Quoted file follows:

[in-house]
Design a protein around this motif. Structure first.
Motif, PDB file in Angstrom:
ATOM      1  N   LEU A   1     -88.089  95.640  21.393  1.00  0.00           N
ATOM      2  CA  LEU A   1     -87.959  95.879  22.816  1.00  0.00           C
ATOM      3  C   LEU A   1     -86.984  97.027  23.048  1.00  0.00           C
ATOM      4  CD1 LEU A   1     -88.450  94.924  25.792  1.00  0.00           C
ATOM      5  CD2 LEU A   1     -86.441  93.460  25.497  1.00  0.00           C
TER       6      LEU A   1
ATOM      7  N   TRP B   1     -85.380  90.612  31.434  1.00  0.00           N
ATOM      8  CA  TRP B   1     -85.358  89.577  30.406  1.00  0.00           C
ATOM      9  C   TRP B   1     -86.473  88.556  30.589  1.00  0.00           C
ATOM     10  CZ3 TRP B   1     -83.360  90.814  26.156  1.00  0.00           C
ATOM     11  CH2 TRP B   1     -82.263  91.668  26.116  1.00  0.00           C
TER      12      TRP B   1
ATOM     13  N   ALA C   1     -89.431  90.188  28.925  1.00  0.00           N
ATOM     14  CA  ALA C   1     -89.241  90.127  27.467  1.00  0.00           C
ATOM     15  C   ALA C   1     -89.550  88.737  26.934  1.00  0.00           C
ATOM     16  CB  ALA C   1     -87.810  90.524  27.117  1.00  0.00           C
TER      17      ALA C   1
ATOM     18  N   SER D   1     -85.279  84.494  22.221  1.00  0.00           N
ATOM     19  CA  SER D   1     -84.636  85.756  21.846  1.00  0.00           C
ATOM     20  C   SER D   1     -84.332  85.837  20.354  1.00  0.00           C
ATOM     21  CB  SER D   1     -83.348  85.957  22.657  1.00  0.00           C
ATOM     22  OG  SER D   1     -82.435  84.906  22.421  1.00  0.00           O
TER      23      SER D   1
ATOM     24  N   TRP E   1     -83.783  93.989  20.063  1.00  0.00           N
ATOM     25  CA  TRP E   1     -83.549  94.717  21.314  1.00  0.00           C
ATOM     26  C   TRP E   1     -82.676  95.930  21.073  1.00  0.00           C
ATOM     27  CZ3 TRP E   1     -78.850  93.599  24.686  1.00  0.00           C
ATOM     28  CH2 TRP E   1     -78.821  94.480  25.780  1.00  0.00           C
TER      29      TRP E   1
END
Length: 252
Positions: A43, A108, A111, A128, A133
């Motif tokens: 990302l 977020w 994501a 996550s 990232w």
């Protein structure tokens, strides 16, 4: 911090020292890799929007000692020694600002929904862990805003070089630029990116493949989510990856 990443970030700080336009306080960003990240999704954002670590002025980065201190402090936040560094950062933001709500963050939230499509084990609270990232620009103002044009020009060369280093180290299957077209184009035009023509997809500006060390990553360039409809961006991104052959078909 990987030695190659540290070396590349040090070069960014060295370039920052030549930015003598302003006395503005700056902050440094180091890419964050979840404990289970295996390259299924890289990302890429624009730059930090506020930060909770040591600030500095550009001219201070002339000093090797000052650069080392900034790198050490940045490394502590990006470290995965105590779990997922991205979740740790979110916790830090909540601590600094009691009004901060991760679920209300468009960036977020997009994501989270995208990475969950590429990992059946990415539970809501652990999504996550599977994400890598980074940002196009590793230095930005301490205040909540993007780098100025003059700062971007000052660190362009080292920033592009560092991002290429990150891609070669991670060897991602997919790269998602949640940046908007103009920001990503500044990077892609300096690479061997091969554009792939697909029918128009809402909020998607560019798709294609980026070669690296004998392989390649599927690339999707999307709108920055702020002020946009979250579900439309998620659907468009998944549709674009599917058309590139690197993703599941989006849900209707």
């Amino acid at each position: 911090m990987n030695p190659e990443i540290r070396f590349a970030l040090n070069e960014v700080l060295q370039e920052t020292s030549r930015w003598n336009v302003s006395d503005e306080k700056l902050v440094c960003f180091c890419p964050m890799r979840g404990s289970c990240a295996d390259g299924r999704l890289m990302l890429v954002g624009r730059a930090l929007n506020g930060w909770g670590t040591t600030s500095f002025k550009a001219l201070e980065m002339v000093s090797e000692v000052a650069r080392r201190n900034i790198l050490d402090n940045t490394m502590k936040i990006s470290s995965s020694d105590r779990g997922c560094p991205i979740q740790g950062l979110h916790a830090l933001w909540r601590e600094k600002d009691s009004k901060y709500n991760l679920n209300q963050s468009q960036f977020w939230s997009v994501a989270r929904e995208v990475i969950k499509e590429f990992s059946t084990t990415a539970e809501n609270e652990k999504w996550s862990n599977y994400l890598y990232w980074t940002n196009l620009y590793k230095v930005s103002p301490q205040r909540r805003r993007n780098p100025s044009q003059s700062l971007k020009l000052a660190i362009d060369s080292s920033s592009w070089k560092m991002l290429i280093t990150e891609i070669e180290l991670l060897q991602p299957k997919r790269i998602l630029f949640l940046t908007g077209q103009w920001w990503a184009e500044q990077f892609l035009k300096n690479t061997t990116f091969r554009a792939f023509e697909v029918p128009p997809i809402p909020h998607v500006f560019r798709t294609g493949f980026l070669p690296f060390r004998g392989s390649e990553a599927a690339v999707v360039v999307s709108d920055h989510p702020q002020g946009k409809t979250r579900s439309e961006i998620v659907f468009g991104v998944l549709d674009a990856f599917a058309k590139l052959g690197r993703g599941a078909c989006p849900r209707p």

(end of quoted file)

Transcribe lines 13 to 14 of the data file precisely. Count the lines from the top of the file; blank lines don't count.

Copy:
ATOM     10  CZ3 TRP B   1     -83.360  90.814  26.156  1.00  0.00           C
ATOM     11  CH2 TRP B   1     -82.263  91.668  26.116  1.00  0.00           C